By Harry Allison

Legendary Penn football coach Al Bagnoli is retiring after this, his 23rd season, and it is unlikely that he will ever forget the pasting his Quakers endured yesterday at Franklin Field.

True, it wasn’t an Ivy League battle so it doesn’t count in the standings, but Villanova’s 41-7 victory is an indication of how much better the Wildcats are.

Robertson ran all over Penn.

Robertson ran all over Penn.

Wildcat quarterback John Robertson didn’t let his broken left hand and bruised right hip keep him from tying a career-high with four TD passes as the No.5/6 Wildcats rolled over the Quakers.

All four TD passes came in the first half before the bruised and battered Robertson gave way to senior Chris Polony to start the second half. One half, though, was more than enough for Robertson to wow the crowd as he completed 15 of 21 passes for 230 yards to go with those four TDs.

“When they get on a roll, they’re very difficult to contain,” Bagnoli (congratulating Cats coach Andy Talley, photo above) said. “They got on a roll and we had no answers.

Robertson hit seven different receivers and threw TD passes to tight end Ernest Pettway (36 yards), Poppy Livers (nine yards), Mike Burke (17 yards) and Kevin Gulyas (66 yards) as the Wildcats scored on their first five possessions to open up a 34-0 lead. The touchdown to Livers capped a 99-yard drive that was set up by the first interception.

“We had a great game plan going in,” Robertson said. “Everything that we were scheming up was open, it was great. We came out and we knew what we had to do. We knew we were more skilled than they were so we knew we couldn’t let them hang in there. It’s just a great feeling. We went out there and Ernest Pettway had like a 35-yard touchdown and that started it off. The defense got the ball back and we just started rolling.”

In the first half of Villanova’s last two games, Robertson is 30-for-37 for 381 yards and five touchdowns. And that’s with that broken left hand and bruised right hip, which has limited his running ability. Robertson fractured his left hand early in Villanova’s 50-6 romp over Fordham three weeks ago. He bruised the hip early in last week’s 49-31 come-from-behind victory over James Madison.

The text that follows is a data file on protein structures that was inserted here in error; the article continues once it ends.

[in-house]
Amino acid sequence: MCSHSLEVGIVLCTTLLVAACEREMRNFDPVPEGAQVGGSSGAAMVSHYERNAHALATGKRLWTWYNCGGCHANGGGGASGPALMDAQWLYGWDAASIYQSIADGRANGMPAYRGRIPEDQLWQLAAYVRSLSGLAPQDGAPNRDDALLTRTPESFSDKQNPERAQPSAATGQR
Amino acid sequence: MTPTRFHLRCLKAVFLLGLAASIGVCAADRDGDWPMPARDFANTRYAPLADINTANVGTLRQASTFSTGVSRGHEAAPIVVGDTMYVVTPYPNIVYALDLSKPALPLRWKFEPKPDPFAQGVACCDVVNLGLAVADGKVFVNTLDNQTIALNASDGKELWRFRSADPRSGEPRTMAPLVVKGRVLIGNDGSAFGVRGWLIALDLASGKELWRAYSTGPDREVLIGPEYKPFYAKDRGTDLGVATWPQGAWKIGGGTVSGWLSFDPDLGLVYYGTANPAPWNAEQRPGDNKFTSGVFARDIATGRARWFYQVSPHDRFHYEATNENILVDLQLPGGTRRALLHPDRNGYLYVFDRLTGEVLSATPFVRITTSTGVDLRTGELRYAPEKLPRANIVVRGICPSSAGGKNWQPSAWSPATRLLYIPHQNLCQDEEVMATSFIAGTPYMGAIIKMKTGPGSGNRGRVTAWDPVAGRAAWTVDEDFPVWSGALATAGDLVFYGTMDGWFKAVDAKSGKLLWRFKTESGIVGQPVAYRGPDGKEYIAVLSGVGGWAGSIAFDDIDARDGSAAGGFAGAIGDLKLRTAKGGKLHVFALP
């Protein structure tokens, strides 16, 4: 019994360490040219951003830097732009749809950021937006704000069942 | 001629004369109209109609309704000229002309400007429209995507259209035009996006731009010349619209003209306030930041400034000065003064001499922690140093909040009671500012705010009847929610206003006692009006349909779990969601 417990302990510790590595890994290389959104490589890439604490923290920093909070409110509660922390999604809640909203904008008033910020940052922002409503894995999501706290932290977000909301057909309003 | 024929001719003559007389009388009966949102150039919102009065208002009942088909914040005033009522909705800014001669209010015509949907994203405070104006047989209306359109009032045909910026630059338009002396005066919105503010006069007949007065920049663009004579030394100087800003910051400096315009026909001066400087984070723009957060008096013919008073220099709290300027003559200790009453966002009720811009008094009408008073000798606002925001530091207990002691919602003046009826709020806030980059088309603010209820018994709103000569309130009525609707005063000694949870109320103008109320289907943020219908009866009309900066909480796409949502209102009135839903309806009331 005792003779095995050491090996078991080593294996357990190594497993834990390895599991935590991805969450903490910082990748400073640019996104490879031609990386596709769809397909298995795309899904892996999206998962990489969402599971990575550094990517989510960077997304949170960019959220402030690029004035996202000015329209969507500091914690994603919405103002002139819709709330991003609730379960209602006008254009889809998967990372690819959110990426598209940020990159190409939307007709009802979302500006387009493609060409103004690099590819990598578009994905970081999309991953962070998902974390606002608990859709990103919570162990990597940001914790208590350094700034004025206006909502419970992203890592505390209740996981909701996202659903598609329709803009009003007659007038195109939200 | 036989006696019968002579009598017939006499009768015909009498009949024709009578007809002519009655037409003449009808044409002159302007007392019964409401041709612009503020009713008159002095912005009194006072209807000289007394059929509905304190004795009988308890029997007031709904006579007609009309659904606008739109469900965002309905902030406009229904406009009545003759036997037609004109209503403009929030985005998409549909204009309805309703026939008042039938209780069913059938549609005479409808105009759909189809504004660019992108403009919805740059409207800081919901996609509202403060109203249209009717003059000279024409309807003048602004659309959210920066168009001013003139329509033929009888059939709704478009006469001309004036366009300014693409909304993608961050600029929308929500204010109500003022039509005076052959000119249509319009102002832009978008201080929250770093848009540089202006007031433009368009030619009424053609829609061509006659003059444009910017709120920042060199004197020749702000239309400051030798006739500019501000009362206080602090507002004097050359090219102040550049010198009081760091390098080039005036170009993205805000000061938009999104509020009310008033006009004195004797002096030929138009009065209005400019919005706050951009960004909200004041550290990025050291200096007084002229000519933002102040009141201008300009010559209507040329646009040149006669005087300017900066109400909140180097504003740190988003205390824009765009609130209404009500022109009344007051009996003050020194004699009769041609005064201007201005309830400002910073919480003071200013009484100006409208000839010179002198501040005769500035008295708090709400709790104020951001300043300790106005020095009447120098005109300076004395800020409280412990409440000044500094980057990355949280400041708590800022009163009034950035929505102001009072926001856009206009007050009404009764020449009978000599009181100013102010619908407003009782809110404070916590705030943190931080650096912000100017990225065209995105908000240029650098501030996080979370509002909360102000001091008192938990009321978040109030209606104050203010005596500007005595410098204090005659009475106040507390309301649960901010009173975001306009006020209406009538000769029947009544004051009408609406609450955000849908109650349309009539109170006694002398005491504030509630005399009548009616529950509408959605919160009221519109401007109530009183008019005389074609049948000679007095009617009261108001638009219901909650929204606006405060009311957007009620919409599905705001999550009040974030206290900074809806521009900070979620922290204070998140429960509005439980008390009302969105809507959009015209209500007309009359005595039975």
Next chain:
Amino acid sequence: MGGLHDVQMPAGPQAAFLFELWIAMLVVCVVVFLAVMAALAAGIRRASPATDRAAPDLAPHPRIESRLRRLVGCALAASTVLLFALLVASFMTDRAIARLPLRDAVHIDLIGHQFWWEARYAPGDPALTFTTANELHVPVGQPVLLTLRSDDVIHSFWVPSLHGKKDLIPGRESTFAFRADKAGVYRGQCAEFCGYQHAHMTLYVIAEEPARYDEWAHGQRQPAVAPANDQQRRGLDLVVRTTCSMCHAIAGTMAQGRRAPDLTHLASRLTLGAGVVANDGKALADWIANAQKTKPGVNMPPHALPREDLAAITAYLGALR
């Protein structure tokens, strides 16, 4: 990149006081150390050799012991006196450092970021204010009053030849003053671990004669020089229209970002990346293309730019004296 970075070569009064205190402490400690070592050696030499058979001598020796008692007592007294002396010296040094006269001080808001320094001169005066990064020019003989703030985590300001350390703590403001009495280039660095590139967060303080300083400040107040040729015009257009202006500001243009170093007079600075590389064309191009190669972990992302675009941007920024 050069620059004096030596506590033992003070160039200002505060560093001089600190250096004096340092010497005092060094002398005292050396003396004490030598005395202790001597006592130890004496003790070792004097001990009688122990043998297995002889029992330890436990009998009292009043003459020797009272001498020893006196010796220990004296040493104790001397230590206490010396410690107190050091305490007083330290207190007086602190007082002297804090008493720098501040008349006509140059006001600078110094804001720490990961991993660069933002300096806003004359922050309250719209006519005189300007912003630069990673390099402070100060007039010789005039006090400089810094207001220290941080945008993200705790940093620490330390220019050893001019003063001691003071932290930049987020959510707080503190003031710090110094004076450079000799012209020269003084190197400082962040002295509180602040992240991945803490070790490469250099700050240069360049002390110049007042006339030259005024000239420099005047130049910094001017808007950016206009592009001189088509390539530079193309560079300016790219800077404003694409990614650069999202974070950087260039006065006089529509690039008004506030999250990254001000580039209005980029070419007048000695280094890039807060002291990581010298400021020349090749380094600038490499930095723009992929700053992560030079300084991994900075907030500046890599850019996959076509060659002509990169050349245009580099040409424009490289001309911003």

“I think that’s what makes him so much more dangerous,” Bagnoli said. “He’s always been tremendously elusive, a kid that can win games with his feet. Now he can win games pretty regularly with his arm.”

Robertson wasn’t the only Wildcats to shine as Villanova (3-1 overall, 1-0 CAA) handed Penn its worst loss in the series, its worst defeat of any kind since a 33-0 whipping by Harvard in 1997 and its worst setback at home since Army rolled to a 41-3 victory over the Quakers at Franklin Field in 1985.

With running back Austin Medley out with an ankle injury, junior Gary Underwood showed what he can do and he did not squander the opportunity. Underwood carried the ball six times for 93 yards and two touchdowns. His 54-yard run in the second quarter gave Villanova a 21-0 lead. Kevin Monangai added 67 yards on 13 tries.

Meanwhile, the Villanova defense returned to form. The Wildcats forced three turnovers (two interceptions and a fumble) and held the Quakers to 273 yards of total offense.

“I think when (the offense) is clicking we definitely feed off of their energy,” Villanova linebacker Don Cherry said. “It allows us to go out there and play better football. When we get that momentum I feel as though we’re unstoppable.”

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